Results and discussion
The demographics of the respondent sample base were 29.8 per cent male with a fairly representative spread across all age categories with the modal age category being between the ages of 25 and 34 years. Over a quarter (28.5 per cent) of the sample were from social class E or social grading V as defined by the Registrar General and the majority had a household income of £200 or more.
A total of 55 per cent of the respondents studied home economics at some stage in their school experience and 53 per cent self-reported a degree of competency when cooking whilst agreeing that they similarly enjoyed cooking. Conversely, 13.1 per cent suggested that they were good cooks but did not enjoy it; almost 16 per cent claimed that they were not good cooks while 17.2 per cent reported that they never cook or cook only when they have to.
Following on from the above, the respondents were asked what a typical mealtime routine would entail. A minority of almost 2 per cent answered that they would routinely order take away food for their main evening meal; 14.5 per cent would defrost a ready meal; over half (51.4 per cent) would cook a meal using a mixture of both raw and processed ingredients while almost one third would cook meals from basic, unprocessed ingredients.
Statistically significant relationships (using the chi-square test) were revealed between sex, age and occupation of the respondents and their cooking ability and mealtime routines. Gender was found to correlate significantly with having ever studied home economics at school, which was, as might be expected, skewed significantly towards female uptake (X 2/3 = 146.57, p < 0.001). Likewise, self-reported cooking skills among females were greater (X 2/5 = 94.45, p < 0.001). Despite this fact however, the statistical test also revealed that females disliked the task and perceived it as a chore.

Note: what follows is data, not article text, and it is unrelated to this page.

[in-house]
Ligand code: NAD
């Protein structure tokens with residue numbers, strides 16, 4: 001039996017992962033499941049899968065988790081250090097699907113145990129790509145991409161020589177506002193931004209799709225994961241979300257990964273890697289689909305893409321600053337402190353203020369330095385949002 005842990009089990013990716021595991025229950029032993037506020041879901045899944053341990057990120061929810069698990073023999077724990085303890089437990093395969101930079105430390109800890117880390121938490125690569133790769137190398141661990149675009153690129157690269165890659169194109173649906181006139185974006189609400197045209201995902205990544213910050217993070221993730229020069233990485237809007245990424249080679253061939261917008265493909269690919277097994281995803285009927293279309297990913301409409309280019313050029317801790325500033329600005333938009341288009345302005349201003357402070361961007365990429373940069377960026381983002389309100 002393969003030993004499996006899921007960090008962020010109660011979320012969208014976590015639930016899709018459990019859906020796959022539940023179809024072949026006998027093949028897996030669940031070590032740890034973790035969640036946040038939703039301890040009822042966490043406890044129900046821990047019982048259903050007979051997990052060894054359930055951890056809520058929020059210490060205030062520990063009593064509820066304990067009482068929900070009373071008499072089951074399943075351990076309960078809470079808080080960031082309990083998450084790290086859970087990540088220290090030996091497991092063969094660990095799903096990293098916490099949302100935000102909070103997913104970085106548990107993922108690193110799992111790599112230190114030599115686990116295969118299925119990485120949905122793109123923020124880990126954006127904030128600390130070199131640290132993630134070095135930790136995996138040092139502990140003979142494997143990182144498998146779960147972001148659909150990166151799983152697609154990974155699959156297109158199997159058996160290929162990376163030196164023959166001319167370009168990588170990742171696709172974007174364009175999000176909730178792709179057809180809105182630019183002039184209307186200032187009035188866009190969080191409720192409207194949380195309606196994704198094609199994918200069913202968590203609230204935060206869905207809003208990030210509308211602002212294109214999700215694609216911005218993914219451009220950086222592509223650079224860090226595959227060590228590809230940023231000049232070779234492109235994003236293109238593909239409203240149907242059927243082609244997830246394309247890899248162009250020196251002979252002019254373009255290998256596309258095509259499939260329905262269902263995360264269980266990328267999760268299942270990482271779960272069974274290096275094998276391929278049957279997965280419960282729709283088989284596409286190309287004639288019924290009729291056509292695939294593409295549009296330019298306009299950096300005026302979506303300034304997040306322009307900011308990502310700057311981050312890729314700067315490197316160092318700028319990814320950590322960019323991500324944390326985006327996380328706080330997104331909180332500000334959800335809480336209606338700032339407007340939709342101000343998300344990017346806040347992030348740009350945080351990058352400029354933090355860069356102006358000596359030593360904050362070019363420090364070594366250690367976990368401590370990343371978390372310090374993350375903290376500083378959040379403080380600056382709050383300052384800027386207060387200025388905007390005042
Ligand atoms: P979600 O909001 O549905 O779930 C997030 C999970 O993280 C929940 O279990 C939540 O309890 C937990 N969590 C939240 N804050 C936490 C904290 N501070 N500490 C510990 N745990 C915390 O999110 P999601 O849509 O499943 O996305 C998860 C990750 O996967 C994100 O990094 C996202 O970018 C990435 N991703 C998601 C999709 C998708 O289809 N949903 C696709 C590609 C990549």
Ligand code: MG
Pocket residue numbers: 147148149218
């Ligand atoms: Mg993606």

These findings are in keeping with Caraher et al. (1999) who suggest that cooking culture is gendered, and again with Lang et al. (1996) who report differences in cooking skills associated with income, gender and social class.
Age seemed a determinant as to whether or not the respondent had studied home economics in his/her school career. The older respondents had reduced opportunities for studying home economics (X 2/15> = 104.31, p < 0.001) whilst the younger respondents had the opportunity to study home economics at school. These findings are particularly poignant considering the current endangered state of practical cookery in the UK.
Occupation was shown to have a statistically significant relationship with usual mealtime routine since a larger proportion of the higher income consumers habitually purchased takeaways and ready meals for their main evening meal (X 2/25 = 9.36, p < 0.001). As degree of competency when cooking increased, a parallel decrease in reliance upon takeaways and ready meals was distinguishable (X 2/25 = 182.39, p < 0.001) with a subsequent shift towards food preparation from basic ingredients using a mixture of both processed and unrefined foodstuffs.
Results from this study have shown that despite the lack of baseline data in Northern Ireland two thirds of those surveyed rated their cooking skills as good, with 83 per cent routinely preparing a main meal from raw ingredients. Cooking skills have also been shown to be correlated to age, gender and social class. Therefore, future work and associated social and health policy needs to concentrate on the inequity of the situation bearing in mind that reduced skill coincides with reduced choice and health status.
This cooking skills competency study is part of a broader study currently being conducted by the research team into the existence of "food deserts" in both rural and urban areas of Northern Ireland.
As has been suggested above, cooking skills may impact upon food choice and if food choice is further inhibited by lack of easy access to fresh food, expensive produce or poor availability of the same then the consequences may be far reaching. However if fresh food is available but the individual does not have the skills to prepare it nutritiously with confidence then the result also impinges upon food choice and ultimate health status. (The food desertification study is a timely study in light of the arrival of the UK multiples into the Northern Ireland grocery market.)
Sinéad Furey, Heather McIlveen, Christopher Strugnell and Gillian ArmstrongUniversity of Ulster, N. Ireland